We think it is important to walk you through the entire process before you dive into canning kimchi. After all, you probably need to make some kimchi first. Kimchi is not something you can throw together in a few minutes and then can right away. 

can kimchi

Your kimchi is prepared and then must go through a fermenting process. The fermenting process is not hands-on so once you’ve initially prepared the kimchi you can leave it to ferment for 5-10 days and then proceed with the canning process. 

If you like to do your cooking on weekends you can prepare your kimchi one weekend and then can it next. The flavor is better the longer you allow it to ferment so we would recommend allowing it to ferment more than 5 days if possible. 

Making Kimchi

If you know you are going to can some of your kimchi ahead of time, you can take measures while you are making it to prepare the mixture for canning.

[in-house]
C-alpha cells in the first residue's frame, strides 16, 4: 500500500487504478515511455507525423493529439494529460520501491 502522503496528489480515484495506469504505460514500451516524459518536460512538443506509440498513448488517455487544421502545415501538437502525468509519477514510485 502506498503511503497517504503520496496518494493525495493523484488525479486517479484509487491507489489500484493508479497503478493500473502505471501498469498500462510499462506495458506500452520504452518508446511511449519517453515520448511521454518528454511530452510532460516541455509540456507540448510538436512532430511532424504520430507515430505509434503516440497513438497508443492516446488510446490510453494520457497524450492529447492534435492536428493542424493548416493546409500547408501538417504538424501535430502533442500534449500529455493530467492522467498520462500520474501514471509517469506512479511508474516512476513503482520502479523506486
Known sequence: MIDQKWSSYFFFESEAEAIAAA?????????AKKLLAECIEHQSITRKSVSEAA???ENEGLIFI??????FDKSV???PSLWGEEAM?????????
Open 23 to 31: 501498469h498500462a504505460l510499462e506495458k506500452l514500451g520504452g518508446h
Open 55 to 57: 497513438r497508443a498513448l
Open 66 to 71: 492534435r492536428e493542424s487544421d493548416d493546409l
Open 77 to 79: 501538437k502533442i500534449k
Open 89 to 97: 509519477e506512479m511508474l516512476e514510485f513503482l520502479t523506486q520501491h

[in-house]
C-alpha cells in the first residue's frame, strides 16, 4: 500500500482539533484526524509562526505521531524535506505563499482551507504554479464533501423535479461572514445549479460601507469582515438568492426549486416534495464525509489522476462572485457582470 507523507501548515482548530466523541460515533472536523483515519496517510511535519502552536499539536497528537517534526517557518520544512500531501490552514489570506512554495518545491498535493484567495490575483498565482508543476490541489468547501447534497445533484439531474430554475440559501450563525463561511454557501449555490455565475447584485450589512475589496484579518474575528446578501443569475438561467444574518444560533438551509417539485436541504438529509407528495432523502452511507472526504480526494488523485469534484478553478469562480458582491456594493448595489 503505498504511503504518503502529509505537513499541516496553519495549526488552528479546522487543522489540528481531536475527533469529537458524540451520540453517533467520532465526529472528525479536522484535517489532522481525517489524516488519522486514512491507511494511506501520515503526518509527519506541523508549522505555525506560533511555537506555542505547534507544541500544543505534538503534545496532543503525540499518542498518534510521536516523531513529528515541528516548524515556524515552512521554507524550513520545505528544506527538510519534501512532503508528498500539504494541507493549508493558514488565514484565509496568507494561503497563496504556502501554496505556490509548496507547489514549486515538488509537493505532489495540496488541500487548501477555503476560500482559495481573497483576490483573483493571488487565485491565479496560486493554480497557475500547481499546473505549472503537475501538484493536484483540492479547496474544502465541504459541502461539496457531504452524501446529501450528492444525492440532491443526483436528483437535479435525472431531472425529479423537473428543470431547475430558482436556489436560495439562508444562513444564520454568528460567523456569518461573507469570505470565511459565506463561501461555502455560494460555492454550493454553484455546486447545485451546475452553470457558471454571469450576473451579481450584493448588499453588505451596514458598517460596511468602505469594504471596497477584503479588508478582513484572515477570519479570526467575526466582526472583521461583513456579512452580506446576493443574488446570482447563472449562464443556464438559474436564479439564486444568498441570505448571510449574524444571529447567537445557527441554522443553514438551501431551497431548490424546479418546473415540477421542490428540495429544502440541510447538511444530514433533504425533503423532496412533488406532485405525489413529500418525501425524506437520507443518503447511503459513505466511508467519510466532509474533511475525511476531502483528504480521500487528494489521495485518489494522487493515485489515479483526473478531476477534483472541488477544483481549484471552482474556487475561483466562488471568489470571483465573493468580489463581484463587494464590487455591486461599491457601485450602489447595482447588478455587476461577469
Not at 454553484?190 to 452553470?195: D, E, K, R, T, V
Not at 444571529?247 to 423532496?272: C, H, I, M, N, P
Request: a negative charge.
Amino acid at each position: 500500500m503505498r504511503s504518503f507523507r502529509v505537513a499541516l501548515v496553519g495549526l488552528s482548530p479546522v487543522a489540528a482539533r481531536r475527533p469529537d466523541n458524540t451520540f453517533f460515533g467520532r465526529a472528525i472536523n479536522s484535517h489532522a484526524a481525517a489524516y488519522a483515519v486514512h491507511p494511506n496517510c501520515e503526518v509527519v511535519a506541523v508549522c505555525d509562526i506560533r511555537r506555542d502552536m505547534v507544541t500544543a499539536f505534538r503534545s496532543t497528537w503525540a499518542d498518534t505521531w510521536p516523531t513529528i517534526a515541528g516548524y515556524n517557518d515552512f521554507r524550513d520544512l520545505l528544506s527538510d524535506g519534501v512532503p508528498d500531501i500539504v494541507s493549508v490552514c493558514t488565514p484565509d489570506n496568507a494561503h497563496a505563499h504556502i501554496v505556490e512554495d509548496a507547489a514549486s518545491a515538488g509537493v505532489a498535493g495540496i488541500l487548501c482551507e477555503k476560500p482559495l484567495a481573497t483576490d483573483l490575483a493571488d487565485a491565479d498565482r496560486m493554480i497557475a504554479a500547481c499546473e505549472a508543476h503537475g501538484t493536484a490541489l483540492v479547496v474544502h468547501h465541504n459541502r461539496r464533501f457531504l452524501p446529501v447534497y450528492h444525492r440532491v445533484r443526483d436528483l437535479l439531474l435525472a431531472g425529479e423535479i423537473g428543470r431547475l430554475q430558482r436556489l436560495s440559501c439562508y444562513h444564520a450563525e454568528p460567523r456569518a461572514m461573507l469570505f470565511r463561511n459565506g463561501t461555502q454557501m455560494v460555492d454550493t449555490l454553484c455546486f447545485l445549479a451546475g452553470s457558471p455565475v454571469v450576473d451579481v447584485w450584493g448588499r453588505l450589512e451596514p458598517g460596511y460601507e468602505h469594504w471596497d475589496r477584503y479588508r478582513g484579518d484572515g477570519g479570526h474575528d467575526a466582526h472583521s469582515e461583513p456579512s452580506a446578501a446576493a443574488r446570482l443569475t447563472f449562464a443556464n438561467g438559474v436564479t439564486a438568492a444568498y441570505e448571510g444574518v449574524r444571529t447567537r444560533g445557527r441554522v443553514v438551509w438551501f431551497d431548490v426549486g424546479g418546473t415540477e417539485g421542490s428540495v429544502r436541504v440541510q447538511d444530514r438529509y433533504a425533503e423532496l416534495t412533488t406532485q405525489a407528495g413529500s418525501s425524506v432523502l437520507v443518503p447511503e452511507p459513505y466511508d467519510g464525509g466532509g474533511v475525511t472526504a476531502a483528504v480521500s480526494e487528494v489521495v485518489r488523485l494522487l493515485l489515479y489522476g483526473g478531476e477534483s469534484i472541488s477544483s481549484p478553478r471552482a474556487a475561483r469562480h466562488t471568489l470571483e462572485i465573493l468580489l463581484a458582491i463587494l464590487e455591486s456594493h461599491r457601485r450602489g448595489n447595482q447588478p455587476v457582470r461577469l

making kimchi

Here are the typical ingredients used in kimchi:

  • Water
  • Cabbage (Napa cabbage recommended)
  • Radish 
  • Potato (skip the rice flour paste and use a potato instead)
  • Garlic cloves
  • Chili flakes (Korean chili flakes recommended)
  • Fresh ginger
  • Scallions
  • Green onion
  • Fish sauce
  • Soy sauce

For canning, you should plan to also have salt and canning jars on hand. You can also add just about any other vegetable you want. Some recipes recommend carrots, tomatoes or bell peppers. The great thing is you can make it your own.